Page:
We examined a range of aziridine derivatives for their [3 + 3] annulations under the optimized reaction conditions (Table 2). Aryl-substituted aziridines underwent the reaction in good to excellent yield with good 1,2-trans-diastereoselectivity; phenyl groups featuring electron-withdrawing or -donating substituents at the ortho, meta, and para positions worked well (entries 1–11), as did a naphthyl group (entry 12). Interestingly, the alkyl-substituted aziridine 1n provided a different regioisomeric tetrahydropyridine with diminished diastereoselectivity, favoring the formation of the 1,3-cis-product 3n (entry 13).11 Whereas aryl-substituted C–N bonds of aziridines are polarized for nucleophilic fission, alkyl-substituted carbon atoms block direct nucleophilic attack. The unsubstituted aziridine substrate provided a poorer yield (entry 14), presumably because it is more susceptible to phosphine-mediated direct ring opening, leading to undesired side products.9

Table 2
Syntheses of Tetrahydropyridinesa

To better understand the mechanisms of these intriguing processes, we subjected the deuterium-labeled allenoate 2D (92% D) to [3 + 3] annulations with the aziridines 1a and 1b (Scheme 1). We obtained the tetrahydropyridines 3p and 3q in yields comparable with those of the non-deuterated allenoate 2, but with 19 and 25% deuterium at the γ carbon atoms of 3p and 3q, respectively, and 27% deuterium at their β´ carbon atoms. The loss of deuterium content at the γ carbon atom and its incorporation at the β´ carbon atom suggests the formation of intermediates featuring carbanions located at both carbon atom centers. The decrease in the overall deuterium content was due to the presence of adventitious water, which facilitated the intermolecular proton transfer processes.12

Scheme 1
Deuterium Labeling Experiments

Based on these observations, Scheme 2 presents our suggested reaction mechanism. Addition of PPh3 to the allenoate forms the intermediate 4, which undergoes proton transfer to give the vinylogous ylide 5.4k Aziridine ring opening occurs at the β´ carbon atom to furnish the intermediate 6.13 Sulfonamide/dienolate equilibrium4i provides the intermediate 7, which undergoes intramolecular14 nucleophilic aromatic substitution and concomitant desulfonylation.15 Subsequent conjugate addition and β-elimination of PPh3 generates the tetrahydropyridine product 3.16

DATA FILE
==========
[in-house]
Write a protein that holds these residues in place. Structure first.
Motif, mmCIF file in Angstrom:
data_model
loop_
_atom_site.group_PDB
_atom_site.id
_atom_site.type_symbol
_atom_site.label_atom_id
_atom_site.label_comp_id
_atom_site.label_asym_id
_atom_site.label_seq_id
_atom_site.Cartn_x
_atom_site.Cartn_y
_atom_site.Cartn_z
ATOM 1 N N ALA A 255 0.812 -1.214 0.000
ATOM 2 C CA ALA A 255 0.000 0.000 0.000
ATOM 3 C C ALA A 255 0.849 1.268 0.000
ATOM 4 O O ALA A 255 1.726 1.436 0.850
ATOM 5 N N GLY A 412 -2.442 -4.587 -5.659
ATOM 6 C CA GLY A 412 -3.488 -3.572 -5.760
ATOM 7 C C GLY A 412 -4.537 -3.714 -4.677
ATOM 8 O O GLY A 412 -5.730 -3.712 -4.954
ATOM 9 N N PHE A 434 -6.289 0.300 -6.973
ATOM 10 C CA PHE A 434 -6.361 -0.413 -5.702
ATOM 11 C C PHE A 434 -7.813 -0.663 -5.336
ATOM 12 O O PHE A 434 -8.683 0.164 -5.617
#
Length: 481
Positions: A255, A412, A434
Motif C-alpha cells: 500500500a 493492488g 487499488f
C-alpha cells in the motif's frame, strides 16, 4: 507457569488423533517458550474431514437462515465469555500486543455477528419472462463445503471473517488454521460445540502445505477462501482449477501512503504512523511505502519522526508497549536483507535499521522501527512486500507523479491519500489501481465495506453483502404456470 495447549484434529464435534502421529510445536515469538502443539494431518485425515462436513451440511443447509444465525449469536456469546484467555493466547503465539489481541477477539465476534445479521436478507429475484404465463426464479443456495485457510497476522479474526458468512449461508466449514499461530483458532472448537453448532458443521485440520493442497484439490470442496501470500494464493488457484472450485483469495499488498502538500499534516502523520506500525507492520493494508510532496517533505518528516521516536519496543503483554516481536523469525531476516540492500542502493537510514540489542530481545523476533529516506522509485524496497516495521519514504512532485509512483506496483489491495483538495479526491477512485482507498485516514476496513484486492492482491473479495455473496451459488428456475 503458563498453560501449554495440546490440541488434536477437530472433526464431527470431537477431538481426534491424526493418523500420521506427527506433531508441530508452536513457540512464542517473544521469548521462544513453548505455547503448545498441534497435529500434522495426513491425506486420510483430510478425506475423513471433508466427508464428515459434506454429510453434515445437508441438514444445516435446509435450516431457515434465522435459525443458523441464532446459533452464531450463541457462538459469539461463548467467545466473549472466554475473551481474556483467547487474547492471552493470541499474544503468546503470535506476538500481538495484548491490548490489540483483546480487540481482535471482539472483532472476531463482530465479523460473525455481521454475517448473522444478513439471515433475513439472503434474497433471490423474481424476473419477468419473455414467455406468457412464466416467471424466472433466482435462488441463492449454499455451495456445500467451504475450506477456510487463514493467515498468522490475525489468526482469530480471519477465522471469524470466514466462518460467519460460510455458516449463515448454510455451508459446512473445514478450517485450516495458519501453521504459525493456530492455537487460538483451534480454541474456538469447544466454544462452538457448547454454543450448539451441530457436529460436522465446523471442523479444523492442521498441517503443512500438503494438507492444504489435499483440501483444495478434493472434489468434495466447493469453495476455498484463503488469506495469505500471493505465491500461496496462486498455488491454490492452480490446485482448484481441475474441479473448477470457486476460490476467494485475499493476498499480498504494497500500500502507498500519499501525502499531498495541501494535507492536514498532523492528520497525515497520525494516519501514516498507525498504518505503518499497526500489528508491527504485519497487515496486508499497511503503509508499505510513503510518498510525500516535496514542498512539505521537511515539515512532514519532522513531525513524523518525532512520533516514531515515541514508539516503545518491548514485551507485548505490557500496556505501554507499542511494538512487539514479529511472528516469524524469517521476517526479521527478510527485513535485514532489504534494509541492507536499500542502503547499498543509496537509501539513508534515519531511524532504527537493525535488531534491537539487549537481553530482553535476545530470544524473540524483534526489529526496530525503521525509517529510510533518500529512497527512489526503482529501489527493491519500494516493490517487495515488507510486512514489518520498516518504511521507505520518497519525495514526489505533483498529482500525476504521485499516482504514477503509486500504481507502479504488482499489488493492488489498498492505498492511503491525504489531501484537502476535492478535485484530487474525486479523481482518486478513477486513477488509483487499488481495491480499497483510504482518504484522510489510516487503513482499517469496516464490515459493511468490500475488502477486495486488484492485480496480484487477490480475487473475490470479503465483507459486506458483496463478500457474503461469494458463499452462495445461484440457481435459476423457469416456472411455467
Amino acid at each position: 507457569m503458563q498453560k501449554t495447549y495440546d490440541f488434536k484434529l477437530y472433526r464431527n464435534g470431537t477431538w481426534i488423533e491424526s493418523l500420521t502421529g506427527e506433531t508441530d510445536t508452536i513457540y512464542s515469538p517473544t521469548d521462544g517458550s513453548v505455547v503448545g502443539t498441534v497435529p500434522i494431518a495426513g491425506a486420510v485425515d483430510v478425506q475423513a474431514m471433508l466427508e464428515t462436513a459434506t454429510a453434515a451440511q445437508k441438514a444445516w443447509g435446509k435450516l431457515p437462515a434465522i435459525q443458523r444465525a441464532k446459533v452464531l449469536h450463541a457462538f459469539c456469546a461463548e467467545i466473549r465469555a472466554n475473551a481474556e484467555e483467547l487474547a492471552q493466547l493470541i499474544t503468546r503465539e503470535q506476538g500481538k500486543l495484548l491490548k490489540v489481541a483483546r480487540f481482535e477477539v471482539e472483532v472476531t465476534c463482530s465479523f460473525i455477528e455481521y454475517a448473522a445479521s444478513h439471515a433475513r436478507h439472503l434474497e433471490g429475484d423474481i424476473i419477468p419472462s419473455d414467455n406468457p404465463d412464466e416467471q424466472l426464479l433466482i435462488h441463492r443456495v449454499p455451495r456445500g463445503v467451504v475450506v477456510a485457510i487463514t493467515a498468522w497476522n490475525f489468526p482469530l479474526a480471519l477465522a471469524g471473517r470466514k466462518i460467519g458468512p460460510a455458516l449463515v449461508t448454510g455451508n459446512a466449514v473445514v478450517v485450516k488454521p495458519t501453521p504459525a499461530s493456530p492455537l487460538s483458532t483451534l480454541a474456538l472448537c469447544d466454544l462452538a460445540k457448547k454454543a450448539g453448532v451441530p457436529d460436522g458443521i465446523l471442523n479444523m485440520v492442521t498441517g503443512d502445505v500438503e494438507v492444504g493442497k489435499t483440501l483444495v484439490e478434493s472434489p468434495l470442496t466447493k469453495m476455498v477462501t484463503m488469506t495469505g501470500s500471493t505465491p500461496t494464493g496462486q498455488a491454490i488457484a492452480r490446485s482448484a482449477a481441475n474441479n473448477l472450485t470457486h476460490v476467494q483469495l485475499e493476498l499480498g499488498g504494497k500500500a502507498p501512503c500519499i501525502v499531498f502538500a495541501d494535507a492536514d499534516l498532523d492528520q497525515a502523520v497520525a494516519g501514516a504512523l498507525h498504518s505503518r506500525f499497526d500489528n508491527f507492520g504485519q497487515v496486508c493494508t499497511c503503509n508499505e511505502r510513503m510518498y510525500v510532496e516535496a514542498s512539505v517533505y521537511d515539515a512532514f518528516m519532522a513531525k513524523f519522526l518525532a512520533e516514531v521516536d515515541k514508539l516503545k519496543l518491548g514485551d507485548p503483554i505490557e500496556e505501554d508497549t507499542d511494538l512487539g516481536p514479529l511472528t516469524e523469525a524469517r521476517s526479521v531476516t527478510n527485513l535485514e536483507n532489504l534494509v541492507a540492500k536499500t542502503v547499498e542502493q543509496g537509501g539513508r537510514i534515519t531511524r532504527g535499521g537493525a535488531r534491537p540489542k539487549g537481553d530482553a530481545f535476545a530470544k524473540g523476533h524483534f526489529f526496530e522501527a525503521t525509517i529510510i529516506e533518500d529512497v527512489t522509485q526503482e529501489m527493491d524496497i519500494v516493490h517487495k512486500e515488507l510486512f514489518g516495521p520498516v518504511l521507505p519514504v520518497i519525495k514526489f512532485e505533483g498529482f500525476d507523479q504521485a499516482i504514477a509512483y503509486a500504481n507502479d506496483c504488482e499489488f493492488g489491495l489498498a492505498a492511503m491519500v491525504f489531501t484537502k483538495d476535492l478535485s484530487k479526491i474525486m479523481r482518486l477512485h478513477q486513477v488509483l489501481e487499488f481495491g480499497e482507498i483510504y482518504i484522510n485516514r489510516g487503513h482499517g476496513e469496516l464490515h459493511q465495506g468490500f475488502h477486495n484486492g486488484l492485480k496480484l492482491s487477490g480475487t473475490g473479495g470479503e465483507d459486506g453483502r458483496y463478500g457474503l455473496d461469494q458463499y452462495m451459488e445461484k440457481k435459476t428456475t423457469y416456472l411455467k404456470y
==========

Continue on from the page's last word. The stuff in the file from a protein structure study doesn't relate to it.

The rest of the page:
Scheme 2
Suggested Mechanism for the Formation of Tetrahydropyridine 3

In summary, we have developed a phosphine-mediated [3 + 3] cycloaddition annulation manifold for allenes, incorporating, for the first time, aziridine derivatives as reaction partners. The reaction is operationally simple and produces highly functionalized tetrahydropyridines in good to excellent yield with high levels of diastereoselectivity. The allenoate provides its α, β, and β´ carbon atoms in the [3 + 3] cycloaddition—a new mode of reactivity for this versatile class of molecules. The mechanism includes apparent intramolecular nucleophilic aromatic substitution and extrusion of SO2; this unprecedented behavior expands the reaction repertoire of nucleophilic phosphine catalysis. We are currently exploring the further applications of azidirines in nucleophilic phosphine catalysis.

Supplementary Material


Supporting Information Available:

Representative experimental procedures and spectral data for all new compounds (PDF). Crystallographic data for 3a and 3n (CIF). This material is available free of charge via the Internet at




This study was funded by the NIH (R01GM071779 and P41GM081282). We thank Dr. Saeed Khan for performing the crystallographic analyses.


1. The Chemical Abstracts Service (CAS) database lists 16 books and 1918 reviews on cycloaddition. For a classical review, see: Padwa A. In: Comprehensive Organic Synthesis. Trost BM, Fleming I, editors. Vol. 4. New York: Pergamon; 1991. p. 1069.
2. (a) Li JJ, Gribble GW. Palladium in Heterocyclic Chemistry. New York: Pergamon; 2000. (b) Barluenga J, Santamaria J, Tomas M. Chem. Rev. 2004;104:2259. [PubMed] (c) Nakamura I, Yamamoto Y. Chem. Rev. 2004;104:2127. [PubMed]
3. Reviews: (a) Lu X, Zhang C, Xu Z. Acc. Chem. Res. 2001;34:535. [PubMed] (b) Valentine DH, Hillhouse JH. Synthesis. 2003:317. (c) Methot JL, Roush WR. Adv. Synth. Catal. 2004;346:1035. (d) Lu X, Du Y, Lu C. Pure Appl. Chem. 2005;77:1985. (e) Nair V, Menon RS, Sreekanth AR, Abhilash N, Biji AT. Acc. Chem. Res. 2006;39:520. [PubMed] (f) Denmark SE, Beutner GL. Angew. Chem., Int. Ed. 2008;47:1560. [PubMed] (g) Ye L-W, Zhou J, Tang Y. Chem. Soc. Rev. 2008;37:1140. [PubMed]